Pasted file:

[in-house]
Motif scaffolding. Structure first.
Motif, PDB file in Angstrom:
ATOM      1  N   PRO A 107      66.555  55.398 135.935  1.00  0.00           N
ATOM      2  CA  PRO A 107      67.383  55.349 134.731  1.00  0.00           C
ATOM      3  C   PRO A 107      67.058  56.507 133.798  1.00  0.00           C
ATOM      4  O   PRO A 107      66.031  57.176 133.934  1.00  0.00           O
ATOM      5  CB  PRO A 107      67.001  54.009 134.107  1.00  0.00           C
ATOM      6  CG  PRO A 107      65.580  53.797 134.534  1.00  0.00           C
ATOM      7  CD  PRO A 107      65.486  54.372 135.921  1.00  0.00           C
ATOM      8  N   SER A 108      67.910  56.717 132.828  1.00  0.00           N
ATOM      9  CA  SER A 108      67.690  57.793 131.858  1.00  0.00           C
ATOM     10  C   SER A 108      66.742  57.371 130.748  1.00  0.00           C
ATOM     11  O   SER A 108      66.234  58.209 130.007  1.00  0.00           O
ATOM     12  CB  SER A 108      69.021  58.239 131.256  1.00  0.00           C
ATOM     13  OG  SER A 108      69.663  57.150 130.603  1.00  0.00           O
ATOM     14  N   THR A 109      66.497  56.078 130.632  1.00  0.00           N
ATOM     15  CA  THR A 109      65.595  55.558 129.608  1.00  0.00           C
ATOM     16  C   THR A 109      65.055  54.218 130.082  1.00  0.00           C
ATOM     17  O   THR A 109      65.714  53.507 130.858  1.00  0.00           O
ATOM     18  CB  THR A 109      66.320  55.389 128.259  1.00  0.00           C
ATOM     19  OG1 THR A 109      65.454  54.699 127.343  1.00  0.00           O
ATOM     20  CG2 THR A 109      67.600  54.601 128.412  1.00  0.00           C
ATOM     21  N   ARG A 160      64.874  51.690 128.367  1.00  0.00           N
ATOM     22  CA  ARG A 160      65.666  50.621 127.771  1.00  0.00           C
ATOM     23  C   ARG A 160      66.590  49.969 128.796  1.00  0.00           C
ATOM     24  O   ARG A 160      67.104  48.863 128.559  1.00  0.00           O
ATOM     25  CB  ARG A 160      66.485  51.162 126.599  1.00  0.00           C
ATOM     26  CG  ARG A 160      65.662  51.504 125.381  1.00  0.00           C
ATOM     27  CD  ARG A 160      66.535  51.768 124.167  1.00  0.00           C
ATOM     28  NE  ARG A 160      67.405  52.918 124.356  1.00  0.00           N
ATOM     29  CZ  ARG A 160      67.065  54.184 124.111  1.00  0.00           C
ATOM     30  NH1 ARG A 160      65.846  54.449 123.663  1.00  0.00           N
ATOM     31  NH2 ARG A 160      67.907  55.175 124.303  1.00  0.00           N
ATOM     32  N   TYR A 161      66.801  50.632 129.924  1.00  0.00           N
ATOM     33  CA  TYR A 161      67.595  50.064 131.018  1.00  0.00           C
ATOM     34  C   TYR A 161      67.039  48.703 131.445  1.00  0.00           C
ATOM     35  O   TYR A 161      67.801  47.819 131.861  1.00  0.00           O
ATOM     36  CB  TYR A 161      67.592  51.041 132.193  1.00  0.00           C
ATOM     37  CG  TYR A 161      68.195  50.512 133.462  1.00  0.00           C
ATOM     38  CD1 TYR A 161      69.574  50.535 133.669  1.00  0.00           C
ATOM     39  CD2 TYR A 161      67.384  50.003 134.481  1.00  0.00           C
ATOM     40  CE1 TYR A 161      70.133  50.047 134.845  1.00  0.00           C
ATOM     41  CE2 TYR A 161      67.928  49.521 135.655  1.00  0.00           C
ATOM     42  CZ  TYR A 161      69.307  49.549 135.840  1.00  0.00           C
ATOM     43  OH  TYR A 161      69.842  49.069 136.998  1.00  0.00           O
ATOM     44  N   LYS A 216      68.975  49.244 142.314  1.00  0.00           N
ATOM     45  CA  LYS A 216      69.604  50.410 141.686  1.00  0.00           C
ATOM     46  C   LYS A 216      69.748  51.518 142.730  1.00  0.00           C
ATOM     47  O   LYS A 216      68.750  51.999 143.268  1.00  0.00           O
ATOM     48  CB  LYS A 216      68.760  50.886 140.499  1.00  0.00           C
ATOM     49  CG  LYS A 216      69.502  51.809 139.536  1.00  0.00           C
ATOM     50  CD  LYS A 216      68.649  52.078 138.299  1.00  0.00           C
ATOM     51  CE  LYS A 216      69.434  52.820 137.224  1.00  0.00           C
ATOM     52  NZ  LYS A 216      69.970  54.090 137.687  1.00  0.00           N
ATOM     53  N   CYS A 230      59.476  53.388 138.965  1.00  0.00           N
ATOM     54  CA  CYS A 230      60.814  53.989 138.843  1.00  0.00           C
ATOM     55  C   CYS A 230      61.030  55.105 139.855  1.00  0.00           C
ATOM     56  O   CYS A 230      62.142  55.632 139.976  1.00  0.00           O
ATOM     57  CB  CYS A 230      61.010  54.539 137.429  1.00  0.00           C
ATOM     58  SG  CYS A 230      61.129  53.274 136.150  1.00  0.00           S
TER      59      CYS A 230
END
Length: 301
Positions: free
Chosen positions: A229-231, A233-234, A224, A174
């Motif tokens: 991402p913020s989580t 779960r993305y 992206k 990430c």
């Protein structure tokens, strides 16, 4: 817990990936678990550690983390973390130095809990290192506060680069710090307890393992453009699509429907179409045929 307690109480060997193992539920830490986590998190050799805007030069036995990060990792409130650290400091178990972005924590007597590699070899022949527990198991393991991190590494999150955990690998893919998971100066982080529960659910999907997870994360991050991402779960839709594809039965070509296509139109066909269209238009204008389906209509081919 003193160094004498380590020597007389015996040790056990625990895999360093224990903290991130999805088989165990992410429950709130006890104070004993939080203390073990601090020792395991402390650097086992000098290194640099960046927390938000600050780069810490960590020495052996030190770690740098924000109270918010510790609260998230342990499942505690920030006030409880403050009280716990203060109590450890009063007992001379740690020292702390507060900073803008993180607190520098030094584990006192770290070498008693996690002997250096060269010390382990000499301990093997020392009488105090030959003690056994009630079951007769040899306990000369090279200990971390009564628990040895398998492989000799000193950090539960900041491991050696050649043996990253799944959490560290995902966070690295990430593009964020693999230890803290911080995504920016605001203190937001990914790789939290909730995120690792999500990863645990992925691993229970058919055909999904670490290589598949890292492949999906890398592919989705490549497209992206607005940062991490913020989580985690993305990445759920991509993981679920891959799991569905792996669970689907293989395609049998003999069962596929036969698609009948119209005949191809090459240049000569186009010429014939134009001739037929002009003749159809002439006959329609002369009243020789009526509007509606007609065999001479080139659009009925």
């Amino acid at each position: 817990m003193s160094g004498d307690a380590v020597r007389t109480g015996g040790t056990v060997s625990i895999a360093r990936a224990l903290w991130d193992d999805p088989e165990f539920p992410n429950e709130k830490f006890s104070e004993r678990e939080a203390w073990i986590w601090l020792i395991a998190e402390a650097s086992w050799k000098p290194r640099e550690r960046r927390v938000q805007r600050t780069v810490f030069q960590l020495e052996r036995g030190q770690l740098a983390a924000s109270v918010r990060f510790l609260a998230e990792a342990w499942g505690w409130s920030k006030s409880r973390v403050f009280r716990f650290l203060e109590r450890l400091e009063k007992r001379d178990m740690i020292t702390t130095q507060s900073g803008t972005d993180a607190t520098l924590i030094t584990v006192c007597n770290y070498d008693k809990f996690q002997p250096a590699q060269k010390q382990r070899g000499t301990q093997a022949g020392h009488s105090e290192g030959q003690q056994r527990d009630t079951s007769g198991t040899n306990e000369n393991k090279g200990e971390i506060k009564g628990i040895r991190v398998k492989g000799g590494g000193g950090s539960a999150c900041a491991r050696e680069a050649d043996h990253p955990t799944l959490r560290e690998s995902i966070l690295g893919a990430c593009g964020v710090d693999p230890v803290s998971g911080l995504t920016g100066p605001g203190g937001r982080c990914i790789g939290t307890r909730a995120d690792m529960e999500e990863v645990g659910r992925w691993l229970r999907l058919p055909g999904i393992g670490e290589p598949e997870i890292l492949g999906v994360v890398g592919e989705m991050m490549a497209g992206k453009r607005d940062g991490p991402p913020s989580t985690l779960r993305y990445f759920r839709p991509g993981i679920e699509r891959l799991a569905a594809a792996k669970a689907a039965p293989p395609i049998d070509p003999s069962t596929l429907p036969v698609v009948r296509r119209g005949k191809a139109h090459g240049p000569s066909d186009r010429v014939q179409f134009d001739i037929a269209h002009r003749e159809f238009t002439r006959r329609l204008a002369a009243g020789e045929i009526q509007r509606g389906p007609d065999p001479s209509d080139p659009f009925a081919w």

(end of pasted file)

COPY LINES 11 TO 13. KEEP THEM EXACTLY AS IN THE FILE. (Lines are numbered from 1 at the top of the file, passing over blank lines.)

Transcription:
ATOM      8  N   SER A 108      67.910  56.717 132.828  1.00  0.00           N
ATOM      9  CA  SER A 108      67.690  57.793 131.858  1.00  0.00           C
ATOM     10  C   SER A 108      66.742  57.371 130.748  1.00  0.00           C